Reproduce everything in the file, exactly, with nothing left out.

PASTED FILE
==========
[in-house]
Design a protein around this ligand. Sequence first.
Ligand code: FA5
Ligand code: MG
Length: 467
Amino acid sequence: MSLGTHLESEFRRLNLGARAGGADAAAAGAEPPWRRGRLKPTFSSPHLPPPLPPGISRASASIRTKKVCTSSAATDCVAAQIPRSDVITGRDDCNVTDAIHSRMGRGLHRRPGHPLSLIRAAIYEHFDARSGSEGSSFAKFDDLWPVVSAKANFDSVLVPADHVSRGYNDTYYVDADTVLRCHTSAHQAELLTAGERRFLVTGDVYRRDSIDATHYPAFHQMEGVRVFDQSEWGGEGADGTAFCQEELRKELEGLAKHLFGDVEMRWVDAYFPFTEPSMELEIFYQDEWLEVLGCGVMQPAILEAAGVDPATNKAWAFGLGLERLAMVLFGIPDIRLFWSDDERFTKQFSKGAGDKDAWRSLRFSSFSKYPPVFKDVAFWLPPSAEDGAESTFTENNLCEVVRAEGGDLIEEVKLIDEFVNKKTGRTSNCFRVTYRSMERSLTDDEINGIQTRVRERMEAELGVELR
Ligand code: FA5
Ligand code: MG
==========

[in-house]
Design a protein around this ligand. Sequence first.
Ligand code: FA5
Ligand code: MG
Length: 467
Amino acid sequence: MSLGTHLESEFRRLNLGARAGGADAAAAGAEPPWRRGRLKPTFSSPHLPPPLPPGISRASASIRTKKVCTSSAATDCVAAQIPRSDVITGRDDCNVTDAIHSRMGRGLHRRPGHPLSLIRAAIYEHFDARSGSEGSSFAKFDDLWPVVSAKANFDSVLVPADHVSRGYNDTYYVDADTVLRCHTSAHQAELLTAGERRFLVTGDVYRRDSIDATHYPAFHQMEGVRVFDQSEWGGEGADGTAFCQEELRKELEGLAKHLFGDVEMRWVDAYFPFTEPSMELEIFYQDEWLEVLGCGVMQPAILEAAGVDPATNKAWAFGLGLERLAMVLFGIPDIRLFWSDDERFTKQFSKGAGDKDAWRSLRFSSFSKYPPVFKDVAFWLPPSAEDGAESTFTENNLCEVVRAEGGDLIEEVKLIDEFVNKKTGRTSNCFRVTYRSMERSLTDDEINGIQTRVRERMEAELGVELR
Ligand code: FA5
Ligand code: MG